Under fire from Congress and the organics industry, USDA is moving to finalize a 2015 proposal allowing dairy producers to transition animals into organic production once.

The department’s Agricultural Marketing Service will reopen the comment period on the "Origin of Livestock" proposal for 60 days on Tuesday.

The Organic Trade Association welcomed the move. “The organic dairy sector is struggling, and inconsistent interpretation of the [current] standards is putting farmers at a devastating economic disadvantage,” OTA said.

The proposal says, “After completion of this one-time transition, any new dairy animals that a producer adds to a dairy farm would need to be managed organically from the last third of gestation or sourced from dairy animals that already completed their transition into organic production.”

A 2013 USDA Inspector General report said because of a “lack of clarity in the current organic regulations, different [organic] certifiers interpret the requirements for transitioning cattle differently.”

The rule “allows organic milk operations to transition conventional dairy animals and, thus, save on organic feed costs during the time period associated with raising a dairy cow from birth until 12 months prior to the production of organic milk or milk products,” the IG report said.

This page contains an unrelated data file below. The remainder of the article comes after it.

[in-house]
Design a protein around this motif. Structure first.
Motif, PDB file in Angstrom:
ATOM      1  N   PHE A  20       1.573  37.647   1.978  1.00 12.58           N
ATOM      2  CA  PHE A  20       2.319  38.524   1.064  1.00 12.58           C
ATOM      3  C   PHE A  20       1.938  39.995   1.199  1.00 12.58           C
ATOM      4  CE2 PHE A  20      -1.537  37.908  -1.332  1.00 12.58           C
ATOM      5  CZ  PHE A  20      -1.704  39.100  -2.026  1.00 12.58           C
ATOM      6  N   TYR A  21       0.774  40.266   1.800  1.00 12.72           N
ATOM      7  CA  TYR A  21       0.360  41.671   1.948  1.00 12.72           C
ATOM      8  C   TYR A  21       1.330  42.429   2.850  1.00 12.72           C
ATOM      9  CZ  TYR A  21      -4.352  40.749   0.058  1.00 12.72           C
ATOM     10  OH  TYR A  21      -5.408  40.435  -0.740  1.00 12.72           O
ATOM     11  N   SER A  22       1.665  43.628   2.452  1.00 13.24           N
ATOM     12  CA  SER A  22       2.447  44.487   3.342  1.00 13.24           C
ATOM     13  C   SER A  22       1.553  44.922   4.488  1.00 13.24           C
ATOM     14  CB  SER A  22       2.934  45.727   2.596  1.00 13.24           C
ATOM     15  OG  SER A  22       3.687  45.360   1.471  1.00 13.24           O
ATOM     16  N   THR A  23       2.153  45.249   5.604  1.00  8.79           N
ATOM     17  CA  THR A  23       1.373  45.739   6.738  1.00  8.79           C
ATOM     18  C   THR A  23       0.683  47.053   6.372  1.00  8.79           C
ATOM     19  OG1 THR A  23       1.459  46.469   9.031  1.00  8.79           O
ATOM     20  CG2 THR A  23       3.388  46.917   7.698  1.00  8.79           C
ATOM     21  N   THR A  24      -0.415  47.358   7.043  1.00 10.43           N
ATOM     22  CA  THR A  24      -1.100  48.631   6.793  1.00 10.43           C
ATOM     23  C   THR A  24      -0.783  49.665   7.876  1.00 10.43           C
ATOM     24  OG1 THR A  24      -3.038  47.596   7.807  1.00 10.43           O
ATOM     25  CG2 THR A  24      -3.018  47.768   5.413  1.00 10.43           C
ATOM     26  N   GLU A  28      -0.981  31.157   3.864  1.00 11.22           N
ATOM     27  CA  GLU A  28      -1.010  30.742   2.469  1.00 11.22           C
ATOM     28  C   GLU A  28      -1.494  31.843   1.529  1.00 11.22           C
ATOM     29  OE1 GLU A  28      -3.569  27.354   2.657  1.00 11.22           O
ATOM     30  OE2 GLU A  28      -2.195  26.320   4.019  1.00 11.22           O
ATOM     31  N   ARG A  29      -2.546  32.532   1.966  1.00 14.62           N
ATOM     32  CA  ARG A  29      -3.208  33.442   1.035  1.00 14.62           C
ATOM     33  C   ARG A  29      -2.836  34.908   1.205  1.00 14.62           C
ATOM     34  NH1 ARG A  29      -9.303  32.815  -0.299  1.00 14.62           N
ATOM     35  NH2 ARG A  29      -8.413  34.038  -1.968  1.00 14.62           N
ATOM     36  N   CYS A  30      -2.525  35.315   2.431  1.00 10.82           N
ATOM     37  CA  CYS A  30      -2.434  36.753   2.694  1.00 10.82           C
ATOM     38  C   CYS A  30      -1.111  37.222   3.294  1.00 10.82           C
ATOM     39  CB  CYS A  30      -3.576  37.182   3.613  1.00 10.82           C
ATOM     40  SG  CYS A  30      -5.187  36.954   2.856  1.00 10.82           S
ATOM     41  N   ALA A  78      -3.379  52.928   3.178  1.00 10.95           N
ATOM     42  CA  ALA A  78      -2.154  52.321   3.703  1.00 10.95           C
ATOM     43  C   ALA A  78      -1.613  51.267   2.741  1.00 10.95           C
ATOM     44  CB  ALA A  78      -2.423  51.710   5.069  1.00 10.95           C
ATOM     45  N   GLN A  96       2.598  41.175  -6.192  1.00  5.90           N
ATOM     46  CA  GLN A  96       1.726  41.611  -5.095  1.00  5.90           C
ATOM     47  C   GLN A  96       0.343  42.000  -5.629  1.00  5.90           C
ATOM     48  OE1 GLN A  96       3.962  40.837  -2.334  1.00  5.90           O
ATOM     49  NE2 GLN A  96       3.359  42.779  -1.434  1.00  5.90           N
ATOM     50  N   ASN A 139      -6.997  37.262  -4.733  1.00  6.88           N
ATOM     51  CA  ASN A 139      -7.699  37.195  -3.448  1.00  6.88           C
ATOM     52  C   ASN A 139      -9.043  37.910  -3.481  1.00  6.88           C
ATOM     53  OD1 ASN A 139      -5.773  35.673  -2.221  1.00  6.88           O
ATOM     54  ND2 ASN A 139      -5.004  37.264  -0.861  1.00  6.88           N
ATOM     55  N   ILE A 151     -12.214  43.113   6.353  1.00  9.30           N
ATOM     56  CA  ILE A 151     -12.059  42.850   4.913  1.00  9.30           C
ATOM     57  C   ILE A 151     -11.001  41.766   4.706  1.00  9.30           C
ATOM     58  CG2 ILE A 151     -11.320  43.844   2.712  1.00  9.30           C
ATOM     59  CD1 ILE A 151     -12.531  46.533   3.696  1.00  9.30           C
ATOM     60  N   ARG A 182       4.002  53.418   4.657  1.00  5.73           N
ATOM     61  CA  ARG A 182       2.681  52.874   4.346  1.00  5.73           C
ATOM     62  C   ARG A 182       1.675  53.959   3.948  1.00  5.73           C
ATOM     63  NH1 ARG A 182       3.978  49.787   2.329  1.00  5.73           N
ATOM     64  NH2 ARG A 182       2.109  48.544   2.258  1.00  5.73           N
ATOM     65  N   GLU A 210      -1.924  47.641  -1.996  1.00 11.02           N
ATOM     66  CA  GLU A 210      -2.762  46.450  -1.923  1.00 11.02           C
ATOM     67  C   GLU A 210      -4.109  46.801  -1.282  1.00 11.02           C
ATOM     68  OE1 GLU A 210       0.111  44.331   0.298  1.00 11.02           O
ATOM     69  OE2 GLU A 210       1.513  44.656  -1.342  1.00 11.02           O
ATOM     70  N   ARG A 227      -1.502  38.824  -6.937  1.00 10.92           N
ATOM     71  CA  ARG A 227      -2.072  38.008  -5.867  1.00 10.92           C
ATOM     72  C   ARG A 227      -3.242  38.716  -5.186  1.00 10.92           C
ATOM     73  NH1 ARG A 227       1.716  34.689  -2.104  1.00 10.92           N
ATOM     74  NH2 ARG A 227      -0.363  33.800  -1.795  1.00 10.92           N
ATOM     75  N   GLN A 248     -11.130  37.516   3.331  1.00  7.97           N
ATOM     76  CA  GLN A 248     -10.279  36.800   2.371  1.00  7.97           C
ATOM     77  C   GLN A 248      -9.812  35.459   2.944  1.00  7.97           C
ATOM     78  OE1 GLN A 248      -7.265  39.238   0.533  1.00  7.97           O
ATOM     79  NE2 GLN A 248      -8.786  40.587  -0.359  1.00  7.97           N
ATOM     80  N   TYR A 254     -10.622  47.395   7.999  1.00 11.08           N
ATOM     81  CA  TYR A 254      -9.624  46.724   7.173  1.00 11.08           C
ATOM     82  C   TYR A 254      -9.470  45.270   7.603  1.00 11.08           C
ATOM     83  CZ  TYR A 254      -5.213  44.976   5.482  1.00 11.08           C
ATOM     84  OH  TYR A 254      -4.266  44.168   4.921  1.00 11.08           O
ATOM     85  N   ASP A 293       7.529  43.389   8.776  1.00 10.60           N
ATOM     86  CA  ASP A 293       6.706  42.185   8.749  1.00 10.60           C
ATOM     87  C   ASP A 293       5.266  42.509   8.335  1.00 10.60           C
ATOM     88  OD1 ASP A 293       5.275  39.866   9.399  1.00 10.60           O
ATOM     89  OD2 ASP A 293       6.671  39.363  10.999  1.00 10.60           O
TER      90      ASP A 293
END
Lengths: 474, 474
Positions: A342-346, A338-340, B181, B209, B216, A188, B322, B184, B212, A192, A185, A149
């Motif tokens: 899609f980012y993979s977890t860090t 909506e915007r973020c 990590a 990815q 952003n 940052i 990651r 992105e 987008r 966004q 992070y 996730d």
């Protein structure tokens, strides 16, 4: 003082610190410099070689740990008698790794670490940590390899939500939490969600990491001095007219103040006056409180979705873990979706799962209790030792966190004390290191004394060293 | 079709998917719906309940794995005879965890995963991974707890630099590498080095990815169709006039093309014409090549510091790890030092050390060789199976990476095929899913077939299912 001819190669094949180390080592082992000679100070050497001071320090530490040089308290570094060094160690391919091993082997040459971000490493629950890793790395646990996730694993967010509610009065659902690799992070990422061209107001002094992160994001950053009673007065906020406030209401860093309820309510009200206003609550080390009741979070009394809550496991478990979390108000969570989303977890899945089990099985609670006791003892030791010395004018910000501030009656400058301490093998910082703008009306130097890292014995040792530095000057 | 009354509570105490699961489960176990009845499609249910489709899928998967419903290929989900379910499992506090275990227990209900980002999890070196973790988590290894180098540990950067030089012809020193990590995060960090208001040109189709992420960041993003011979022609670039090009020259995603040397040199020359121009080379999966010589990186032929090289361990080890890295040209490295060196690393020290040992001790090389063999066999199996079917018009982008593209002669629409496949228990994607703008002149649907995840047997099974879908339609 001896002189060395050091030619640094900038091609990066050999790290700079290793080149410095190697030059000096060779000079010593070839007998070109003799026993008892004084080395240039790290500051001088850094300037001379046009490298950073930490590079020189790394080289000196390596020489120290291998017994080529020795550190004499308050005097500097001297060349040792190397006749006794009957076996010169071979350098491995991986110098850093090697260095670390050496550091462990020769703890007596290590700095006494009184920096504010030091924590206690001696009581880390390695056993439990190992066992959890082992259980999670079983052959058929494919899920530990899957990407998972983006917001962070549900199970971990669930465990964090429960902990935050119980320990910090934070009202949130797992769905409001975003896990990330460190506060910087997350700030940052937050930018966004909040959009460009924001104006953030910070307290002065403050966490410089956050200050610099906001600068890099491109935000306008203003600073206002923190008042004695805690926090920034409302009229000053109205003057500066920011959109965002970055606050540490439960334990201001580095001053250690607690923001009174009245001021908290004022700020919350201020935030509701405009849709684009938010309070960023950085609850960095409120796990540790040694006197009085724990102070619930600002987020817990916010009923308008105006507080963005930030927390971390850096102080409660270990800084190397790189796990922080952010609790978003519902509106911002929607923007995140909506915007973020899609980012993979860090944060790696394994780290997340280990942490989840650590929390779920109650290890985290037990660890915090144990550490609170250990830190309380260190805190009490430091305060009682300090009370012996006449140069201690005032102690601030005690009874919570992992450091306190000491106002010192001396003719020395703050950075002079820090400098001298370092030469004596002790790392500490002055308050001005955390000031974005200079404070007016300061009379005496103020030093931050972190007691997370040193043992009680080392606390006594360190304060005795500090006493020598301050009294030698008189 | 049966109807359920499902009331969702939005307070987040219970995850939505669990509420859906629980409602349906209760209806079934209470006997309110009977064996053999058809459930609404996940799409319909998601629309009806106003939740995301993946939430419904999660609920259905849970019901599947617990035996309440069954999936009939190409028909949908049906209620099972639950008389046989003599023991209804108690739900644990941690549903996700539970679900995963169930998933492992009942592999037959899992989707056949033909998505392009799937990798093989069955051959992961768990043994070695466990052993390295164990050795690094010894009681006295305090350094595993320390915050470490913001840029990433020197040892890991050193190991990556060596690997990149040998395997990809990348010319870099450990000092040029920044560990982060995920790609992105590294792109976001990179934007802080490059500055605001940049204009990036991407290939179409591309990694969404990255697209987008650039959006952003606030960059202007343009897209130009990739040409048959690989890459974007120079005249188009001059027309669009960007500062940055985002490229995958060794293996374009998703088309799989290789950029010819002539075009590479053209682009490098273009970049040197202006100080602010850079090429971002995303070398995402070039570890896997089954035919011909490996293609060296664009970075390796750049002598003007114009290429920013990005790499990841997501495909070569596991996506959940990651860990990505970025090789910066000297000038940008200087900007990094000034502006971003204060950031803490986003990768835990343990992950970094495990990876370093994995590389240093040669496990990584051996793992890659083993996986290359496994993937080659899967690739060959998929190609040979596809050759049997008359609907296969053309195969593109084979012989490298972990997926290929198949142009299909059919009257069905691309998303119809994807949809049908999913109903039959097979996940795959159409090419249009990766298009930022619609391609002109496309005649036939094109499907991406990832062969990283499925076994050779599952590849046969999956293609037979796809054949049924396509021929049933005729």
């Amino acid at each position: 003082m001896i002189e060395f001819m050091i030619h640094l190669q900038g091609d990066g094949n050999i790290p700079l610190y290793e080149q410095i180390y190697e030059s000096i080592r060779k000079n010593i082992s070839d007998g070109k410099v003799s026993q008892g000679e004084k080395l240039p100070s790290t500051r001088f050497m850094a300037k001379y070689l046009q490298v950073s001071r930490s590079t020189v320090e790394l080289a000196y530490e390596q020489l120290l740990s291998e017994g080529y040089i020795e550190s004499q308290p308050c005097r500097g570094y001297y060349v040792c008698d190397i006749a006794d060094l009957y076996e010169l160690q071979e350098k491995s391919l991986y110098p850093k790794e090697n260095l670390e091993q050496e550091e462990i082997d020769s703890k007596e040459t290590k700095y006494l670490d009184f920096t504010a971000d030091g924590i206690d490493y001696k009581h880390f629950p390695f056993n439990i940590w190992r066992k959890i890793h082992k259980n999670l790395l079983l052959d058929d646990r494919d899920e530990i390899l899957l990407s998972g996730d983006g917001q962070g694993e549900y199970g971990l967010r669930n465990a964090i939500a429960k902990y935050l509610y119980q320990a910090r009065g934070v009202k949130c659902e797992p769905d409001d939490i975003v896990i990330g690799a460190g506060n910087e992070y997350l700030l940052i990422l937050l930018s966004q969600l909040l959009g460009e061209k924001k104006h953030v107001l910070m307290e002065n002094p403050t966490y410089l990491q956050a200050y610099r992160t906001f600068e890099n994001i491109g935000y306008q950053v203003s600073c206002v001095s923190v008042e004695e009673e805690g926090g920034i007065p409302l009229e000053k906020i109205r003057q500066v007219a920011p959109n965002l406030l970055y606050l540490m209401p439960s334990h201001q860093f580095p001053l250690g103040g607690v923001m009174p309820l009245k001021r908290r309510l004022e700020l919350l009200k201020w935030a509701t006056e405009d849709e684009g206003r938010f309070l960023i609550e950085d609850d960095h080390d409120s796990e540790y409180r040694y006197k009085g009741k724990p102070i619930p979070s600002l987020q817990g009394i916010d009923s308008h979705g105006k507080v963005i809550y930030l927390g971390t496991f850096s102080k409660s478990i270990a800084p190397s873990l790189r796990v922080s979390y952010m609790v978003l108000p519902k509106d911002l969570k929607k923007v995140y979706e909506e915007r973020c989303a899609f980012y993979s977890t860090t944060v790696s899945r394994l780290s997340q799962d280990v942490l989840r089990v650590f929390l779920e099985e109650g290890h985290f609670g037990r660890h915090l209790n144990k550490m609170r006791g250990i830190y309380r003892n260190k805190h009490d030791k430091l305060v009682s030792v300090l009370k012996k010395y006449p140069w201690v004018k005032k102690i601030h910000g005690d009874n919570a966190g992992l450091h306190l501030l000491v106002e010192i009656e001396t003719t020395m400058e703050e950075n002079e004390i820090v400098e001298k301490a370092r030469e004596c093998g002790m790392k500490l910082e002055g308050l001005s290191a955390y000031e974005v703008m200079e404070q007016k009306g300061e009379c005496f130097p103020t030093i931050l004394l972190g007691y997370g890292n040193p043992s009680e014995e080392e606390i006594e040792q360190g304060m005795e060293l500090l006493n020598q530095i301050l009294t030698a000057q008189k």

“This practice allows an increase of the dairy herd (and the organic milk market share) by purchasing conventional cattle and transitioning them into an organic herd. This may lead to dairy producers shopping for certifying agents who allow this process."

The differing enforcement standards have allowed some large farmers to produce organic milk more cheaply than their smaller competitors, who raise organic cows from birth.

Both the House and Senate ag spending bills require USDA to issue a final rule within 180 days of the final spending bill being signed into lawThose spending bills are among the legislation to be addressed before government funding expires Nov. 21. 

“This additional comment period will only reinforce the 1,500 comments already submitted during the 2015 comment period on the proposed rule,” OTA said. “There should be no doubt that the industry has reached consensus on this policy to level the process for organic dairy farmers.”

“Industry and Congress are in lockstep,” said OTA CEO and Executive Director Laura Batcha. “They have been definitive that the policy needs to be clarified and it needs to happen expeditiously. The comment period doesn’t change that.” 

For more news, go to www.Agri-Pulse.com.